If you know the basics of how central air conditioning systems work, then you understand that an AC doesn’t use water to cool the air. The AC in your house cools down the air using refrigerant, which absorbs heat along the indoor evaporator coil, then releases that heat outside through the outdoor condenser coil.
However, water is a part of the way your AC works, and it isn’t surprising to discover water leaking from the indoor unit. It’s not something you want to see happen, however! We’ll explain how water leaks can occur in an air conditioner so you’ll know when to call our technicians for air conditioning service in Clarksburg, MD.
Water is a byproduct of evaporating refrigerant
The AC doesn’t use water, but it does create it as part of the cooling cycle. When the air conditioner is running, cold refrigerant moves through the indoor evaporator coil and the blower pushes warm air around it. This causes the refrigerant in the coil to evaporate, turning from a cold liquid into a warm gas as it absorbs heat from the air and cools the air at the same time.
However, evaporation also causes air moisture to condense along the coil. This is the same as the effect you see when you pour cold liquid from the refrigerator into a glass: beads of condensation form on the outside of the glass as the cold liquid absorbs heat.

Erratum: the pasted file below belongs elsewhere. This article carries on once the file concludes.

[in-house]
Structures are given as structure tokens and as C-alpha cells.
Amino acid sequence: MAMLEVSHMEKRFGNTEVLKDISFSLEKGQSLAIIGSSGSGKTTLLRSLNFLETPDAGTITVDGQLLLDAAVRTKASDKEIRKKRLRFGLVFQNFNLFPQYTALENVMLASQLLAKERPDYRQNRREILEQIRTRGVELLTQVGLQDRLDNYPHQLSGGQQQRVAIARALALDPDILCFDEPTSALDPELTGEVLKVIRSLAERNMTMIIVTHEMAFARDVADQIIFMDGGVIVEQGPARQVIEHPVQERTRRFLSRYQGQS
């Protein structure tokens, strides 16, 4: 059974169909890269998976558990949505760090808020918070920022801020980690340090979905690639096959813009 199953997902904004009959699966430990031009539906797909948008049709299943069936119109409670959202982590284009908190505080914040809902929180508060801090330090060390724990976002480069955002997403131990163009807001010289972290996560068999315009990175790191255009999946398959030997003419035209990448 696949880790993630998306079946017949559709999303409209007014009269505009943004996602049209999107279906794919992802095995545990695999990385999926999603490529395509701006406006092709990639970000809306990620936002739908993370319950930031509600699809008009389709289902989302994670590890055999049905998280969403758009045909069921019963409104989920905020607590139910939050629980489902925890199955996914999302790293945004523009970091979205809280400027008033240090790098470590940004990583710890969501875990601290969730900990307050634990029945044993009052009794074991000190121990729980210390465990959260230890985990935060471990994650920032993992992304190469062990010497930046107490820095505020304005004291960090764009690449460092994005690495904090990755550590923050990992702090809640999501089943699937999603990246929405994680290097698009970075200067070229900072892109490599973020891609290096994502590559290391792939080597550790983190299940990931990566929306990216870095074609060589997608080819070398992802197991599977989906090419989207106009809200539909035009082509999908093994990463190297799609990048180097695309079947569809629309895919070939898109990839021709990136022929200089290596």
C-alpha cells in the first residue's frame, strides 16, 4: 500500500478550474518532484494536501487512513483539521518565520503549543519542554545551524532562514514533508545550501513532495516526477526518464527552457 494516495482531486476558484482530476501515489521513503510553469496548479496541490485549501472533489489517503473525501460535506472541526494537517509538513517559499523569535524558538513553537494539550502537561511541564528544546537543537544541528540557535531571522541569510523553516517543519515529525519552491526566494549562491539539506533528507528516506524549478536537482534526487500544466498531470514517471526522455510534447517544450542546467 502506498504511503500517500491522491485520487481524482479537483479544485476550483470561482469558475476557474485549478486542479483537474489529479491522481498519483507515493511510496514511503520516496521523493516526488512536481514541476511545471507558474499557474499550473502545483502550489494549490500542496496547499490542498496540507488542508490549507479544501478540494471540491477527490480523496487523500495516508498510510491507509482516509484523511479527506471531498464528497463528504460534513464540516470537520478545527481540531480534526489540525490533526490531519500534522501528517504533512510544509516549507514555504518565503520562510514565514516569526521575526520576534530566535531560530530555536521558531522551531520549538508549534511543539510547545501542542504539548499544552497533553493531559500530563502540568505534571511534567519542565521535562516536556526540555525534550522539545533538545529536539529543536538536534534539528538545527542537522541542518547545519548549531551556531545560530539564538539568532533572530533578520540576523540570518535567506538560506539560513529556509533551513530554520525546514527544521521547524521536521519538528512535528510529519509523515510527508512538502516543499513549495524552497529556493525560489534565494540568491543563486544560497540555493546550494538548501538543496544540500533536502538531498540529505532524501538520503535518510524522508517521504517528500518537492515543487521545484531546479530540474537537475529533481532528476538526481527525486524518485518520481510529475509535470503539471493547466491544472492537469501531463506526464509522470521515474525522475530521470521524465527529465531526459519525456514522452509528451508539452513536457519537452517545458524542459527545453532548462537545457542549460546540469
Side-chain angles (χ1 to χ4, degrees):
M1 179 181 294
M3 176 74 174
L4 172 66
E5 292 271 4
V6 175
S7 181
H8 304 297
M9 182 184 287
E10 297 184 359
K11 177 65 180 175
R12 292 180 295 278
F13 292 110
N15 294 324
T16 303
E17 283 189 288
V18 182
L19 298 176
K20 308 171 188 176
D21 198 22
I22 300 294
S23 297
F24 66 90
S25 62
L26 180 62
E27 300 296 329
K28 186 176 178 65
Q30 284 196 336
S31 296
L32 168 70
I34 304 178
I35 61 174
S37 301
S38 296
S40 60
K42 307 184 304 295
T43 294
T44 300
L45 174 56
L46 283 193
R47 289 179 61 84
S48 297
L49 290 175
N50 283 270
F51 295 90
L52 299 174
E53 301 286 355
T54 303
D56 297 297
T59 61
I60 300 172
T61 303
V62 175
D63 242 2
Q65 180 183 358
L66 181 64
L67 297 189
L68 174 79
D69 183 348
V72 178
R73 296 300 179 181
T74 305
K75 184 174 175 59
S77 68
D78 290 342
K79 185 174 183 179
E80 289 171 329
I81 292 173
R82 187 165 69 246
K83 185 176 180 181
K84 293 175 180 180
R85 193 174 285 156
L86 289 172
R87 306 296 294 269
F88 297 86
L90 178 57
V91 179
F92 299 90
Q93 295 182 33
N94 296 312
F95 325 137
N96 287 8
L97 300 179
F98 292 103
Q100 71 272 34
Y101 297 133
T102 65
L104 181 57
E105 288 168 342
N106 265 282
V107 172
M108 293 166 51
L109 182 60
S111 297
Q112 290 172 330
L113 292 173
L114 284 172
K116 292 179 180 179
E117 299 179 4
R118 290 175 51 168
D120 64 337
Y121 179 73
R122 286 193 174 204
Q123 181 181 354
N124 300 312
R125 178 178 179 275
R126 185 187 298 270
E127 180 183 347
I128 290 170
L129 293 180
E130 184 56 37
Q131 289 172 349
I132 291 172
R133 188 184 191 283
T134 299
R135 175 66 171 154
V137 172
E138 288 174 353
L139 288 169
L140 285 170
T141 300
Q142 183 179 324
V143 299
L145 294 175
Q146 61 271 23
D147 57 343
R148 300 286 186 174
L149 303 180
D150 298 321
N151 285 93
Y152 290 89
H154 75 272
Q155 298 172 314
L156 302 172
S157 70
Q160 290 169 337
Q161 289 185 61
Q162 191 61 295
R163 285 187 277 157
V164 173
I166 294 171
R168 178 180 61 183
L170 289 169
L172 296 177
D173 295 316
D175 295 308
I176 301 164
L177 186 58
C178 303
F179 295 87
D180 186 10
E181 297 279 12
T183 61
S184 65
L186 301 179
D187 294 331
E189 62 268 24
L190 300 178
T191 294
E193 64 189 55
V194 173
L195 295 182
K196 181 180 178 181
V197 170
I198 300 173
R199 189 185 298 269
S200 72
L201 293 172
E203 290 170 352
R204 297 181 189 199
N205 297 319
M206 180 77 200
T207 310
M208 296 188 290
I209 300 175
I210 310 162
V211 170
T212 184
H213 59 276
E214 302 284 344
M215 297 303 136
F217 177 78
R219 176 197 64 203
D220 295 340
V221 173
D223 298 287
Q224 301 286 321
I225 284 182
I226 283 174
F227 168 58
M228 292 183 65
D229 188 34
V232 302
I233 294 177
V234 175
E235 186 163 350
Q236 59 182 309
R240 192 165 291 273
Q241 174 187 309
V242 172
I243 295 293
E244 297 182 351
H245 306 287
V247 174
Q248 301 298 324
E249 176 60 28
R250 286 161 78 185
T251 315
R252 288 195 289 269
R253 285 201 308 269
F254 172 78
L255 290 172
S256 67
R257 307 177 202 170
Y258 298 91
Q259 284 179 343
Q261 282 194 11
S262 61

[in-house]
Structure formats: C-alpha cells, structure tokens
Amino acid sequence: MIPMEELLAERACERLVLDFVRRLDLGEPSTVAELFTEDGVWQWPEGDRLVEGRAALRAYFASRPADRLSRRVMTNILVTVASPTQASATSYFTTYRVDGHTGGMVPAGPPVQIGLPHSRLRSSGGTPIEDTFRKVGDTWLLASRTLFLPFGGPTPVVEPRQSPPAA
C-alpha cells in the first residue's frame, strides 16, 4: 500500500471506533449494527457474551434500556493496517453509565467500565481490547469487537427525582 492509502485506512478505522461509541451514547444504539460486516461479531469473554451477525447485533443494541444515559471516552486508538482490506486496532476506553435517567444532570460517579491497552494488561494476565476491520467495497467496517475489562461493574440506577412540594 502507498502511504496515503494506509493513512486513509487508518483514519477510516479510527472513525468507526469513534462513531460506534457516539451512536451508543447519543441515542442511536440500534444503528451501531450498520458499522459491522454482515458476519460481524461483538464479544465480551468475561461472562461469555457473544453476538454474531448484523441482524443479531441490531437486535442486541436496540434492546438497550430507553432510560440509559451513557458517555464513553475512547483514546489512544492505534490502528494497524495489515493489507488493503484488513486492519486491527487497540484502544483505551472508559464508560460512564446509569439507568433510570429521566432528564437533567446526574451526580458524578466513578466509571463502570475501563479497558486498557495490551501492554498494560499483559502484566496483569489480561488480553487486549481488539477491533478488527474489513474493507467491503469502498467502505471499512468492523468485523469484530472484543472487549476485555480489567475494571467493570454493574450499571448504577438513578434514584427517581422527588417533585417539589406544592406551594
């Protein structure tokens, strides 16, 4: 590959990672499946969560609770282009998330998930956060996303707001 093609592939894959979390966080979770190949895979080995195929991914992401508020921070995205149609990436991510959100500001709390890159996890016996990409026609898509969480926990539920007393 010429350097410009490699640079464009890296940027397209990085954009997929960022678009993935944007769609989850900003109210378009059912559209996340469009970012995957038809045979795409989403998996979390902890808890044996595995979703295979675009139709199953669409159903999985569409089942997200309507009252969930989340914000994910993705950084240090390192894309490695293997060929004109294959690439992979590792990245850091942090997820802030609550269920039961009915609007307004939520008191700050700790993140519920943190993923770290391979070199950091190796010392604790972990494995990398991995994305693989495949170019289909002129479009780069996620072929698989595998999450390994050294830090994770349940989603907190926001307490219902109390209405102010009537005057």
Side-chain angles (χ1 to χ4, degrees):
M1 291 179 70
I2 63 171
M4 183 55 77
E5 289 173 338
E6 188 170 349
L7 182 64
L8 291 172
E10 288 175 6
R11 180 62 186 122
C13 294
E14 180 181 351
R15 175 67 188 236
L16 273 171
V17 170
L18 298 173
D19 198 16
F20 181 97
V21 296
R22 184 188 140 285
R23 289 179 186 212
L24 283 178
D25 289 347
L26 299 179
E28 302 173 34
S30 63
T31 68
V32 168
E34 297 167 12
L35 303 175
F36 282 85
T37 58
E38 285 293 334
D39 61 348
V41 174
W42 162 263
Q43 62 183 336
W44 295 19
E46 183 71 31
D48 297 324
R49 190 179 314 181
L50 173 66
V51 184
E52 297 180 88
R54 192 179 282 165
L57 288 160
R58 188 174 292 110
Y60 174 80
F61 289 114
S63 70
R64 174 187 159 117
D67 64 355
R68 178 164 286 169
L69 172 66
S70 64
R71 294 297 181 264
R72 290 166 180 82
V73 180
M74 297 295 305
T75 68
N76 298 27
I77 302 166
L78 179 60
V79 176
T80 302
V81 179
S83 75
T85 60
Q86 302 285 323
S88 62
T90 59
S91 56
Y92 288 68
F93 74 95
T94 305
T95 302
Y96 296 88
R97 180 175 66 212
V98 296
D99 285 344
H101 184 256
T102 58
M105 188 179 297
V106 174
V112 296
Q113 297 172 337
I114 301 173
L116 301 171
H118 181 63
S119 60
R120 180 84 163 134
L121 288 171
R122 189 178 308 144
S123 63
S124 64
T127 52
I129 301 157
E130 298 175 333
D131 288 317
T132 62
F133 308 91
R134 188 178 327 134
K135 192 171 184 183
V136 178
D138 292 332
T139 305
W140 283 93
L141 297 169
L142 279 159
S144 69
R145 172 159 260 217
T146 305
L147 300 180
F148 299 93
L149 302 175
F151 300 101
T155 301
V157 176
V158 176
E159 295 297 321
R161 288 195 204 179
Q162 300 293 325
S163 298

Where the water condensation goes
What happens to the water that forms along the evaporator coil? The AC has a condensate drainage system in place to remove it from the unit. The water drips from the coil and into a shallow pan located below the coil assembly. A pump draws the water down a drain in the pan and pushes it through a line that lets the water drip outdoors. Whenever you hear the sound of water dripping from the AC, it’s the condensate system working.
How the drainage system can malfunction
When you see water leaking from your air conditioner, it probably means trouble with the condensate drainage system. Here are common sources of leaking:
- The condensate drain is clogged. Algal growth in the drain can rapidly cause it to back up and force the water to overflow from the pan.
- The condensate pump has burnt out. If the pump fails, it won’t draw enough water down the drain, which will soon allow the pan to overflow.
- Corrosion causes the drain to detach from the pan, leaving a gap in the bottom of the pan where water falls through.
- Too much humidity in the air overwhelms the condensate system so it cannot drain the moisture fast enough.
Drainage problems in an AC will cause the system to shut down because it trips a limit switch. If your AC stops working and the screen of the thermostat is blank, it probably means the condensate pan has overflowed. Poor drainage will also lead to high humidity in the AC, a source of mold, mildew, and corrosion. You’ll want these problems fixed soon, so call our team for professional service.
Look to B&B Air Conditioning & Heating Service for great AC repair in Maryland and Washington, D.C. We are always there when you need us.